Sounds rather dim, doesn't it? But despite these dark undertones Gran Torino is a very bright movie that's a great deal of fun all the way through. Though the majority of the supporting actors are brand new and fairly inexperienced(as Clint Eastwood has pointed out himself) their characters come across magnificently, and with a hint of complementary spontaneity that many have falsely accused of being shallow one-dimensionality. Don't listen to them; if anything, these characters come across as all the more authentic.

Eastwood's role is that of a man who struggles both spiritually and physically most of his life, but in the end finds redemption. This isn't just a good film, or a great one either. It's an absolutely superb and ingeniously crafted masterpiece that I'm really glad I didn't miss.

9 out of 10

Thursday, March 5, 2009

Public Enemies Trailer

This is a movie whose premise has me rather intrigued, so of course I've been looking forward to the trailer.

The tone is serious overall, and yet the characters and action are almost stylized to the point of being fitting of a dark superhero comic. Looks glorious.

Wednesday, March 4, 2009

Movie Journal: Appaloosa

Appaloosa is unlike any other movie of 2008 I've thus far had the opportunity to see. I feel like there's not much to say, but I will say this.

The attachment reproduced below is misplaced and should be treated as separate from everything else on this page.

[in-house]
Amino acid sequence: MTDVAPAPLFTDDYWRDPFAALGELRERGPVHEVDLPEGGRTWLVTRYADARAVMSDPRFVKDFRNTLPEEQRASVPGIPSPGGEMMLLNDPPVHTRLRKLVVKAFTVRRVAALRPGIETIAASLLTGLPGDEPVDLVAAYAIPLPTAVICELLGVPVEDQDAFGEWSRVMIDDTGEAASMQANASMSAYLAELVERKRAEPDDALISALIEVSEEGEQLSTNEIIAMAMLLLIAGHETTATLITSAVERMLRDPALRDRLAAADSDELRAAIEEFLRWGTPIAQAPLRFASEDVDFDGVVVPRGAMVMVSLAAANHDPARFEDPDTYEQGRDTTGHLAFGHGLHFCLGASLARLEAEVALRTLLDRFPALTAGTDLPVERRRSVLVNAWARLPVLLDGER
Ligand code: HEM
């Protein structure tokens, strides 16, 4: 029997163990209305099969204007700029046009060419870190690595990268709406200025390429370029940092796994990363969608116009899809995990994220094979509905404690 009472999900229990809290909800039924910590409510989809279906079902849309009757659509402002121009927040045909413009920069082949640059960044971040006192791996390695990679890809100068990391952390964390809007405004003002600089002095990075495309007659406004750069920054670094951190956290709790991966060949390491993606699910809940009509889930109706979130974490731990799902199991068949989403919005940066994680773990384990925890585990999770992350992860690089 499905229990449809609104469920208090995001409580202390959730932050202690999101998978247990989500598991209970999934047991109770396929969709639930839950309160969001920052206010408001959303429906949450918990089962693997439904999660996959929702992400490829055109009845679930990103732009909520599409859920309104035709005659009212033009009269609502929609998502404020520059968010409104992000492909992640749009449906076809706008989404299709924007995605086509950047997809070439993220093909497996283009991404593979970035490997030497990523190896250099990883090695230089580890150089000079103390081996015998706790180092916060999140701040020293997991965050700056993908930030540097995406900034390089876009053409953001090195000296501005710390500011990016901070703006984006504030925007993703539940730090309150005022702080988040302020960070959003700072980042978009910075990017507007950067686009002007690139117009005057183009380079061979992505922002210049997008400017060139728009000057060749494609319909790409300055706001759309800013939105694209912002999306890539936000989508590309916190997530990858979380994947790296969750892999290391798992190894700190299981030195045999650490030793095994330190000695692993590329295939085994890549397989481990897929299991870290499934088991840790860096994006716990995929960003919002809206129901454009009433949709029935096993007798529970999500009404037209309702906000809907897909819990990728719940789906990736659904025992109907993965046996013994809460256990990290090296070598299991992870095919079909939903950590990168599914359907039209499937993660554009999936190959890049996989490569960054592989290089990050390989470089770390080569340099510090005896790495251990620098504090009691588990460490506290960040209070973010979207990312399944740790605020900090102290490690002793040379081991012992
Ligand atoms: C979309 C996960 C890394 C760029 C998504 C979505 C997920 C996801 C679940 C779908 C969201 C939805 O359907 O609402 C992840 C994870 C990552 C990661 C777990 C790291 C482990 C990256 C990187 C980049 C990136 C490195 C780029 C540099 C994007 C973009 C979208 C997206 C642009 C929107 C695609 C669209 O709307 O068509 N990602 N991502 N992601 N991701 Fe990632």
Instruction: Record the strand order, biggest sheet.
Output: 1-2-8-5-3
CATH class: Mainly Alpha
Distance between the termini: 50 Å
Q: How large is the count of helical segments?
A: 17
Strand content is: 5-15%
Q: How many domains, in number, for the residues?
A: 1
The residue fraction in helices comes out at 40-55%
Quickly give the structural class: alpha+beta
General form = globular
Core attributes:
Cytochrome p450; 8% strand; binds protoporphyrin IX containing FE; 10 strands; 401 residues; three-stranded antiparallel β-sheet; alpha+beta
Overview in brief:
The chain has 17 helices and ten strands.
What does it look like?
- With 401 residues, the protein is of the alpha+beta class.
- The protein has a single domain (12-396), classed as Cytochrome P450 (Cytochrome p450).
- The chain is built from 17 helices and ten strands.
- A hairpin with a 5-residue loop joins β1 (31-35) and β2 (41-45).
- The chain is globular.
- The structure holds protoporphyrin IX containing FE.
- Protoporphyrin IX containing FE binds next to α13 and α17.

Appaloosa is a movie that has received very mixed reviews. Some say it's stupid, and a complete waste of the talents of both Viggo Mortensen and Ed Harris. Read TV Guide's review and you'll see what I mean, and the same goes for Wall Street Journal. Peter Travers of Rolling Stone, on the other hand, gave it three-and-a-half stars out of four and called it "a potently acted powerhouse that sticks in the mind and the heart," and "gripping entertainment that keeps springing surprises." I disagree on both counts, but I also refuse to side with Maitland Mcdonagh's impression that it is "dull and preposterous." It may be dull, but it's not preposterous. Upon closer inspection the characters are actually very rich and enjoyable to watch.

At the same time, after almost two hours of watching these characters interact as they pursue their innermost goals, I found the eventual conclusion to be anticlimactic and unsatisfying. In the end, Appaloosa is not a truly great movie, though it is an impressive one.